Thus, the study expects that value creation will appear according to the diversity of gender, education, and nationality enjoyed by the top management. The study expects and argues that diversity in top management contributes to an effective assessment of the business environment and its changes, which helps top management update the business model to achieve its strategic goals in the long term. It supports sustainable performance.

Study hypotheses

According to the study questions and study layout; there six hypotheses as following:

H 10

There isn’t a significant impact of diversity in top management on corporations’ total leverage in emerging equity markets.

H 20

There isn’t a significant impact of diversity in top management on common stock’s systematic risks in emerging equity markets.

H 30

There isn’t a significant impact of diversity in top management on corporations’ ROE in emerging equity markets.

H 40

There isn’t a significant impact of diversity in top management on common stock’s return in emerging equity markets.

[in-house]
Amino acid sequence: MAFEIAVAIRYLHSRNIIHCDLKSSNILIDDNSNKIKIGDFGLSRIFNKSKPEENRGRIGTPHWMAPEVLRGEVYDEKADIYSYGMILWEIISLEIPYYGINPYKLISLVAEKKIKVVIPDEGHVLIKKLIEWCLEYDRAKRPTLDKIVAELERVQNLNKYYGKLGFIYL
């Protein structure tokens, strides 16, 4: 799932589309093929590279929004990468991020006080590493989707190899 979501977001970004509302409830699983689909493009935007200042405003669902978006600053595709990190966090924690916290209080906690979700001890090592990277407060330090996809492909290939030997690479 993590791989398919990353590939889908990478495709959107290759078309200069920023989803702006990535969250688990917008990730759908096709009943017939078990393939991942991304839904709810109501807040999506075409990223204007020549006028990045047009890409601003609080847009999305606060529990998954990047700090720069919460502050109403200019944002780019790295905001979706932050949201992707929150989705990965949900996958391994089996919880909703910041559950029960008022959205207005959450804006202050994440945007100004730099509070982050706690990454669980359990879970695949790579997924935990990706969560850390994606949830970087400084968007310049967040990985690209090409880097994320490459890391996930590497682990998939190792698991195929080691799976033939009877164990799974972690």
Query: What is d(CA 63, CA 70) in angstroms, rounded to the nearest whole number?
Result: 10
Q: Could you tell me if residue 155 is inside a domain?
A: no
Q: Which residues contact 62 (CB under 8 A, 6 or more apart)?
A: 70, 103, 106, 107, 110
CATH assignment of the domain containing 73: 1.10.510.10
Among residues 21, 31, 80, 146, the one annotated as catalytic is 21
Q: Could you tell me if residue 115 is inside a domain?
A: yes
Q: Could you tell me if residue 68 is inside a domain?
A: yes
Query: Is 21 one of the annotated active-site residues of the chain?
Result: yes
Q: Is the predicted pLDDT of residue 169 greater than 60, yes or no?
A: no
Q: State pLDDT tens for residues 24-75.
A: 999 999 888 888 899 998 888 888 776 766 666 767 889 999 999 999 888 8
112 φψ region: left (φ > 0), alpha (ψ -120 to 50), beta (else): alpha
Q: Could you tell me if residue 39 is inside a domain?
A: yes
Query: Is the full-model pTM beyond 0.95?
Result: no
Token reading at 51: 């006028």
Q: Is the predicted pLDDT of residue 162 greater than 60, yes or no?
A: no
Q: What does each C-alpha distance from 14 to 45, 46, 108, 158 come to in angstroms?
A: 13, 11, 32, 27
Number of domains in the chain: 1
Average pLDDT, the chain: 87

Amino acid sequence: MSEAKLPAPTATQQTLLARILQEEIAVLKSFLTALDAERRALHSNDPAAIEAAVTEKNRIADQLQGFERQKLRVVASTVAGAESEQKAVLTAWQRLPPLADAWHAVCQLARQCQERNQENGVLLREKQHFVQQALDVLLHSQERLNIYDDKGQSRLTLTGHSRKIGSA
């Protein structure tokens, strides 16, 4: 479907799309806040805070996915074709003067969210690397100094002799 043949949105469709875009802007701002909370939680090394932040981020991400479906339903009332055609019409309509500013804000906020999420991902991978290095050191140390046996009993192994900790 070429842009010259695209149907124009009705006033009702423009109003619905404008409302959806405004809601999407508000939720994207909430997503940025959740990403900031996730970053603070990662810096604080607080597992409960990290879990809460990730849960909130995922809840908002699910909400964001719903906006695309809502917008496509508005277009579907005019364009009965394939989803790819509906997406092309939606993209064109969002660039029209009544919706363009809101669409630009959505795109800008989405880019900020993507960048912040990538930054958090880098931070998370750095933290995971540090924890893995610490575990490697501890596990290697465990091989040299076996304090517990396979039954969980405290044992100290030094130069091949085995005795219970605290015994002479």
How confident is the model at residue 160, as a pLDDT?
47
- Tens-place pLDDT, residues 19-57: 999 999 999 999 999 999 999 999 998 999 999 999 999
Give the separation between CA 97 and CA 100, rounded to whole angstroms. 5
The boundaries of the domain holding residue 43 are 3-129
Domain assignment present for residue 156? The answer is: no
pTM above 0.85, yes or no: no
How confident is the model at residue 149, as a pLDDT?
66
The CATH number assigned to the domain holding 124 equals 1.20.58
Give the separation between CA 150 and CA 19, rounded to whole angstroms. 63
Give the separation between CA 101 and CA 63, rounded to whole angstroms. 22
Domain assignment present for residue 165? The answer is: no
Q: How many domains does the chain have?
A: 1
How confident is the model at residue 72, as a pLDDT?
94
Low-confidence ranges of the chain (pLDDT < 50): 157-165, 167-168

H 50

There isn’t a significant impact of diversity in top management on creating economic value added to common stockholders in emerging equity markets

H 60

There isn’t a significant impact of diversity in top management on corporations’ value in emerging equity markets.

Study variables

According to the theoretical framework and hypotheses of the study, the variables can be mentioned as follows.

Table 2 contains three groups of variables. The dependent variables included two risk variables, two return variables, and two value variables, under one control variable, which is the size of the corporation. As for the independent variables, they were three variables representing diversity in top management based on gender [111, 119], education, and nationality [49, 59, 71, 99, 112].